PULL | DRIVE
The reality is that this is generally a “dead end” movement. It doesn’t apply to any of our other pulling movements but has a place in often competitive atmospheres. It requires shoulder flexibility, stability, and the capacity to significantly decelerate our mass in order for it to be safe and effective.
Jumping Pull Up
Assistance of the feet can make this a friendly way to work on more ballistic movement. Making sure to have the proper height set up is key to the safety and efficacy of the movement.
Kipping Muscle Up
This is generally the most demanding movement we will see on the shoulder. Both in regards to the range of motion, stability, and strength required. Bars may offer more stability while requiring a higher pull and rings less stability with a lower pull.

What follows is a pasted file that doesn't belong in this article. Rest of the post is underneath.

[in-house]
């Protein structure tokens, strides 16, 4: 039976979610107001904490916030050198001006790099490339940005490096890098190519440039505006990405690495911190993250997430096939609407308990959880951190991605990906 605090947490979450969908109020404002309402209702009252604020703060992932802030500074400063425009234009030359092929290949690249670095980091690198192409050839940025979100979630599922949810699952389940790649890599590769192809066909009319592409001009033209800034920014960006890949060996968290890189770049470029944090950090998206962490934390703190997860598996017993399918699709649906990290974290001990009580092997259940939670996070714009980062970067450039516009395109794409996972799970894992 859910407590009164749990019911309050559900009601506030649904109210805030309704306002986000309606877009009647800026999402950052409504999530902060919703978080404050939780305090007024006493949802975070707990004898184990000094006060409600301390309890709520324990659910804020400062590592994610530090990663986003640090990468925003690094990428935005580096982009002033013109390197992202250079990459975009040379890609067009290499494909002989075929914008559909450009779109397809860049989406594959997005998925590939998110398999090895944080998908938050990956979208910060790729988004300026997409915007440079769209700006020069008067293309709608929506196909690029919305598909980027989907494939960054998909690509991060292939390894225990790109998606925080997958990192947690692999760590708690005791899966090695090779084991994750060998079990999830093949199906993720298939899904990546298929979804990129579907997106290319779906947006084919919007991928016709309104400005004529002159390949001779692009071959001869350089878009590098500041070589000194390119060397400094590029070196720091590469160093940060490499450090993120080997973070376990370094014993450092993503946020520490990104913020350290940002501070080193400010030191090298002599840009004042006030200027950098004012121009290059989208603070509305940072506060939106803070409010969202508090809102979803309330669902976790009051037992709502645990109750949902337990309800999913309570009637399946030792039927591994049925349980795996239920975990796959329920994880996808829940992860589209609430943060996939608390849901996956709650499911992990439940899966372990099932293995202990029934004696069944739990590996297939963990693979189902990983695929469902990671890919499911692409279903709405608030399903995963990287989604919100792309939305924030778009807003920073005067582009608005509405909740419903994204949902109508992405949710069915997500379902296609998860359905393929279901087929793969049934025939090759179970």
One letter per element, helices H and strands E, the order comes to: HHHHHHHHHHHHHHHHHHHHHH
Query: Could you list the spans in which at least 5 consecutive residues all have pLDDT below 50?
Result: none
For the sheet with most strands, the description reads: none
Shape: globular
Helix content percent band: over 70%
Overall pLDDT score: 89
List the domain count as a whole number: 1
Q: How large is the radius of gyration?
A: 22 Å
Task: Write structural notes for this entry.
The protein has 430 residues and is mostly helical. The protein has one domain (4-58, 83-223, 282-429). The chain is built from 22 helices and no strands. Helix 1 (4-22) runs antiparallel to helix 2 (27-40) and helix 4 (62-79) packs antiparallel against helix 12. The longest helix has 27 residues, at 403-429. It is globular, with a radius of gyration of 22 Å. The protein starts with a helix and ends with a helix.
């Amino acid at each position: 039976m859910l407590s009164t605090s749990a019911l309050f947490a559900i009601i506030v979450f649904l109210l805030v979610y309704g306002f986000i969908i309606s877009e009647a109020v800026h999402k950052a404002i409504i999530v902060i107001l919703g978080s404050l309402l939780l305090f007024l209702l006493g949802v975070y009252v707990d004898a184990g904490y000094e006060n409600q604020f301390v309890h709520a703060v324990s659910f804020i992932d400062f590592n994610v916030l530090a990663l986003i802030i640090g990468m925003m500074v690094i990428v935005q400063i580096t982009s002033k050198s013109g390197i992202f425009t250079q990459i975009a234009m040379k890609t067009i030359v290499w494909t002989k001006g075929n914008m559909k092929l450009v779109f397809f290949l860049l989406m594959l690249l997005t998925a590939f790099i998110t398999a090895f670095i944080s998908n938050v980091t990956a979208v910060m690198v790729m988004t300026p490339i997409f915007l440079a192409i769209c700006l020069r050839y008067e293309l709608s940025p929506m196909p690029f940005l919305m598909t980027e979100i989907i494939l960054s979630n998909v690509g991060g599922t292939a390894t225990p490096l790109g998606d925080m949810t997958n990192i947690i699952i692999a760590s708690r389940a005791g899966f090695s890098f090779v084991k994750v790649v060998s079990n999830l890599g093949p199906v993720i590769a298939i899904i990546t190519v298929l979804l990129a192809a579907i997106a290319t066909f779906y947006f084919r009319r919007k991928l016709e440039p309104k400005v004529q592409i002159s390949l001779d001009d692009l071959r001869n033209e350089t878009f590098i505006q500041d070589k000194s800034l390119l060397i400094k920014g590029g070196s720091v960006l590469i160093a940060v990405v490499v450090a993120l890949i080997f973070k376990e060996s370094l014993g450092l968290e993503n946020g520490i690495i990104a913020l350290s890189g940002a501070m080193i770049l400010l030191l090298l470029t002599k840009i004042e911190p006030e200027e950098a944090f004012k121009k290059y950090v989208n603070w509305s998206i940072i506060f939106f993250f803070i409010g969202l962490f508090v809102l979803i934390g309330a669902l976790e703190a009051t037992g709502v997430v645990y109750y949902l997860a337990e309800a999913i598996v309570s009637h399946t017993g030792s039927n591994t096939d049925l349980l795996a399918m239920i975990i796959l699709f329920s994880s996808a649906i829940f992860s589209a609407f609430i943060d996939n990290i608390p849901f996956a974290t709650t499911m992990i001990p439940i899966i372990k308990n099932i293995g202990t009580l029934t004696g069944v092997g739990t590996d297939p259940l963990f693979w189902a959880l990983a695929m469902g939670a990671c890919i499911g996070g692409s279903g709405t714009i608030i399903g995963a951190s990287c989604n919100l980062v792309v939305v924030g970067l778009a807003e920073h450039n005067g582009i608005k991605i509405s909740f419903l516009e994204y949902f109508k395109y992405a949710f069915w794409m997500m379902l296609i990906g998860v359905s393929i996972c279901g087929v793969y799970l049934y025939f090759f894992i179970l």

When done well this movement is primarily accomplished by shoulder flexion and extension while the hips are generally a byproduct of the movement. As athletes develop more capacity they can generate quite a bit of force with the shoulder and hip which means we want to make sure we have good isometric and dynamic strength.
Pendlay Row (heaving barbell row)
We are essentially taking the traditional barbell row and using some hip and low back strength to move the weight. These are still incredibly valuable for building upper body pulling power but should generally only be done after building significant pulling power in a strict manner.